QTL analysis for plant architecture-related traits in maize under two different plant density conditions
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The erectophile plant architecture in maize is responsible for high plant density tolerance, yet the genetic basis for this relationship remains elusive, especially for how canopy architecture and plant height related traits at different positions respond to plant density. In this study, nine canopy traits and six plant height (PH) traits were evaluated across four environments under low plant density (57,000 plants/ha, LD) and high plant density (114,000 plants/ha, HD), using a set of 301 recombinant inbred lines originating from two foundation parents in China, the inbred lines YE478 and 08-641. In total, 176 quantitative trait loci (QTLs) for plant architecture related traits (94 only in LD, 44 only in HD and 38 under both densities) and 36 QTL clusters were detected via combined analysis. We identified 21 sharing QTL regions associated with plant height, leaf width and leaf angle at different positions. These results suggest that plant architecture-related traits were greatly influenced by density-specific and environment-specific alleles, and epistasis, QTL × environment interaction and QTL pleiotropy also play essential roles for plant architecture via complex interactions. Though PH-related traits, leaf widths and leaf angles at different positions could be partially affected by several common QTLs, there are still different genetic mechanisms of plant architecture response to plant density. Furthermore, elite line YE478 provided most of the favorable plant architecture alleles for high-density tolerance. Five QTL clusters containing six major QTLs, were useful for further studies of plant architecture and will provide helpful information for ideal plant type, high-density tolerance and marker-assisted selection.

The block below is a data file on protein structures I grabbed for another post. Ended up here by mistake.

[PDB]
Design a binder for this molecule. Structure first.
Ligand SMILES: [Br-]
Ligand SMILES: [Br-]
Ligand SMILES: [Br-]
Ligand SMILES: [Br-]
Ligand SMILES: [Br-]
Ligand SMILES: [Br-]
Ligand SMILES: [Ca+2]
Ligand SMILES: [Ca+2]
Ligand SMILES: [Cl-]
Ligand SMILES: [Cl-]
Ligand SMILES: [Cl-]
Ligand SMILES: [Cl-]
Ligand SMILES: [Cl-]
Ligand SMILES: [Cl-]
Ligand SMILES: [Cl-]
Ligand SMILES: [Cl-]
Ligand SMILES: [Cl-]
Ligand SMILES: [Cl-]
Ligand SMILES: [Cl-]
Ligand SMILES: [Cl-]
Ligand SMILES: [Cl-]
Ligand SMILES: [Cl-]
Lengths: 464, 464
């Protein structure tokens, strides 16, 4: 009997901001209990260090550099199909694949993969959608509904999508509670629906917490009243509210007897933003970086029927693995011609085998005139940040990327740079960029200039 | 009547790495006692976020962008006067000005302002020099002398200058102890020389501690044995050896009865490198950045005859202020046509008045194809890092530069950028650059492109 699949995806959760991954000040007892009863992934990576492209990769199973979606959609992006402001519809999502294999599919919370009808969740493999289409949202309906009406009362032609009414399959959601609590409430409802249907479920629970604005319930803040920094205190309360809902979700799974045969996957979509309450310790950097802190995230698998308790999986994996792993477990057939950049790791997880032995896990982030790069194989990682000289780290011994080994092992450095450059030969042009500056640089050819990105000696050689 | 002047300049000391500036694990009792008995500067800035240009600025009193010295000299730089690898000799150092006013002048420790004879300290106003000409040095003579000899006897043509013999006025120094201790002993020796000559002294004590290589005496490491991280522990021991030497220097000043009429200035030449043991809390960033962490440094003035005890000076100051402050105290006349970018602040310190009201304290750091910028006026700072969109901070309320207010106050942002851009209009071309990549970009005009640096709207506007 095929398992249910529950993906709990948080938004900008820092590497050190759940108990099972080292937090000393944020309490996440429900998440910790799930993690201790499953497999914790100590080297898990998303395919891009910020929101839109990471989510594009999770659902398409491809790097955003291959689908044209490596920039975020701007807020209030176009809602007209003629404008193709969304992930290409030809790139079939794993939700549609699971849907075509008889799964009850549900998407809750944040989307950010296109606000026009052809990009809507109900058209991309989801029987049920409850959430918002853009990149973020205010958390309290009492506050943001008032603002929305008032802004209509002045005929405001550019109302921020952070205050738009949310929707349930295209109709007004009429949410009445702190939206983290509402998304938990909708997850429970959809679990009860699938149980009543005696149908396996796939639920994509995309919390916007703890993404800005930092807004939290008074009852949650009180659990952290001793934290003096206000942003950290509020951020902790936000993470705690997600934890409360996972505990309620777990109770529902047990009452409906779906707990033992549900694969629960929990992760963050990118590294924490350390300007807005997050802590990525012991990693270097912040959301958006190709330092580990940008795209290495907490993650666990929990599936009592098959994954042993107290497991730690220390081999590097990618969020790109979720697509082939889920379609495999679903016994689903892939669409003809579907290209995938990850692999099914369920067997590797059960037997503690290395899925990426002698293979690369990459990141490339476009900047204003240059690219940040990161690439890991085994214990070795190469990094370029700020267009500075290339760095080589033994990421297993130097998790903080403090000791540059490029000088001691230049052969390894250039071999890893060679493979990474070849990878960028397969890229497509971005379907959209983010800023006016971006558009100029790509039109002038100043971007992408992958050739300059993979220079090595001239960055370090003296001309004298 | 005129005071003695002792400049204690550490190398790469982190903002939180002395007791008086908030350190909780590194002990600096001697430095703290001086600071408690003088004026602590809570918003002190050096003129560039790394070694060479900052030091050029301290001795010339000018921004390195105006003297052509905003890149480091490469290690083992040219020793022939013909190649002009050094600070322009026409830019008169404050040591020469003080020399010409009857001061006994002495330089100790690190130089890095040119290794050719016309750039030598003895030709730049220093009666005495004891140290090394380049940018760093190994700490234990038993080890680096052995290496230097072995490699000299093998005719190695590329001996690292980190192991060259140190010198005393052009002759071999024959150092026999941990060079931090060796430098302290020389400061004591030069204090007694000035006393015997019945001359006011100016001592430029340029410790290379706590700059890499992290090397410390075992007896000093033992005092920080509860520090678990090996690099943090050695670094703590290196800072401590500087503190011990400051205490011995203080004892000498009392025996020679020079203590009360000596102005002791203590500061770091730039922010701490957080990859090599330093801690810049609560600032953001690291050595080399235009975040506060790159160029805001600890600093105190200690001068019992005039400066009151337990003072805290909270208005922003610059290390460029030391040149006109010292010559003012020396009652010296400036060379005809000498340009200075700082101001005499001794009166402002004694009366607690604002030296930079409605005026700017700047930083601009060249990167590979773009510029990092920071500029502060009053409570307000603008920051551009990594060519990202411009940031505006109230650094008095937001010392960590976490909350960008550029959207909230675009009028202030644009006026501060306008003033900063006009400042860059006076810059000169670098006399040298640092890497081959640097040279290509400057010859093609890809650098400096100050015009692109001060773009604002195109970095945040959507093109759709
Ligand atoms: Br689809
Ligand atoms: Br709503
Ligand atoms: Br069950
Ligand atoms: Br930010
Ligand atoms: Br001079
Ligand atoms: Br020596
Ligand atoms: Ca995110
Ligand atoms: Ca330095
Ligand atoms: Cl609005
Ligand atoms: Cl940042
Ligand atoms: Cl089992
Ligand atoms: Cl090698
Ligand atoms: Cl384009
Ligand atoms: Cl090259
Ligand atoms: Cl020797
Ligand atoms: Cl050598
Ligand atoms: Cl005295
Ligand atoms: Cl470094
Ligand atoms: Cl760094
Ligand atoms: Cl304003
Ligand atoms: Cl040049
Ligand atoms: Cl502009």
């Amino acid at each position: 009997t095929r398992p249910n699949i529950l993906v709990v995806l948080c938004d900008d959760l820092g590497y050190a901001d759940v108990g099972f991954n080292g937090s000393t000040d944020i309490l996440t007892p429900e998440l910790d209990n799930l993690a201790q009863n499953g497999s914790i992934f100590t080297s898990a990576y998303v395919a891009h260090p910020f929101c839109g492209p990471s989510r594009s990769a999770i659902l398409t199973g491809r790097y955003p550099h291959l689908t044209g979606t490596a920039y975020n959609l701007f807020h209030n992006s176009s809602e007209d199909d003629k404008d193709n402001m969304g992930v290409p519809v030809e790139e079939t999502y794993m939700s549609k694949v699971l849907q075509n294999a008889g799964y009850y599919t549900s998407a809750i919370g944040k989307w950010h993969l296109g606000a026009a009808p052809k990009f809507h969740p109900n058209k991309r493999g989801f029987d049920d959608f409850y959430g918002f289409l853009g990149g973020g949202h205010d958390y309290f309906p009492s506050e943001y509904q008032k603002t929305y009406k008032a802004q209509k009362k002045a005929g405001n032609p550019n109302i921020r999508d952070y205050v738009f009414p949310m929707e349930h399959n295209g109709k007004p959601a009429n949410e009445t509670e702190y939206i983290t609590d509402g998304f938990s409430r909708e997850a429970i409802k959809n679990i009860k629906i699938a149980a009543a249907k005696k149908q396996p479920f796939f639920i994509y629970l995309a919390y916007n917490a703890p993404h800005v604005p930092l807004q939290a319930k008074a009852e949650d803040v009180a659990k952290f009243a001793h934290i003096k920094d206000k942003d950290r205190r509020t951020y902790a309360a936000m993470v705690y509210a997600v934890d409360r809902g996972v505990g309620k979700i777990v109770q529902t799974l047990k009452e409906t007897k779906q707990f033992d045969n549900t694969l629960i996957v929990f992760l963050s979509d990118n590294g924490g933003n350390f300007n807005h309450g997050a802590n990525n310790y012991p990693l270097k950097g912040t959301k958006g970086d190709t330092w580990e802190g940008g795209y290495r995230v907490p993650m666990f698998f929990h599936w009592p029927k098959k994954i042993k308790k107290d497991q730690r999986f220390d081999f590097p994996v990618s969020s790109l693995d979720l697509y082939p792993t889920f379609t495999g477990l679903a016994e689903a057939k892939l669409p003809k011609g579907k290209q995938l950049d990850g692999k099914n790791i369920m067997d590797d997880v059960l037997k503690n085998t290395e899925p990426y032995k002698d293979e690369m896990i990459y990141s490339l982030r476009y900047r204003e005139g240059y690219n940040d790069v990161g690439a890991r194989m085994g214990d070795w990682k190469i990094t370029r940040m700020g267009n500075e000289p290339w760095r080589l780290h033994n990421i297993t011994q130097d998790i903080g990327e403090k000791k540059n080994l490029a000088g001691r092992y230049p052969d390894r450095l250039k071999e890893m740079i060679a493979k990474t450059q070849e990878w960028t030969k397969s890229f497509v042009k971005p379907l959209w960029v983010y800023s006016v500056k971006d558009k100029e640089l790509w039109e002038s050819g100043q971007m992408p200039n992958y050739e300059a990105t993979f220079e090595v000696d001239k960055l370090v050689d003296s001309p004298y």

KeywordsMaize Plant architecture RIL QTL mapping Density
Research supported by the Project of National Major Basic Dairy Research “973” Plan (#2014CB138202 and #2011CB100106) and Science and Technology Plan Projects in Sichuan Province (#2016JY0065). We thank Dr. Pedro Revilla for valuable suggestions and careful corrections, and also thank the help of Dr. Zhengqiao Liao and Dr. Yulin Jiang in the data analysis.
Compliance with ethical standards
Conflict of interest
The authors declare no conflict of interest.
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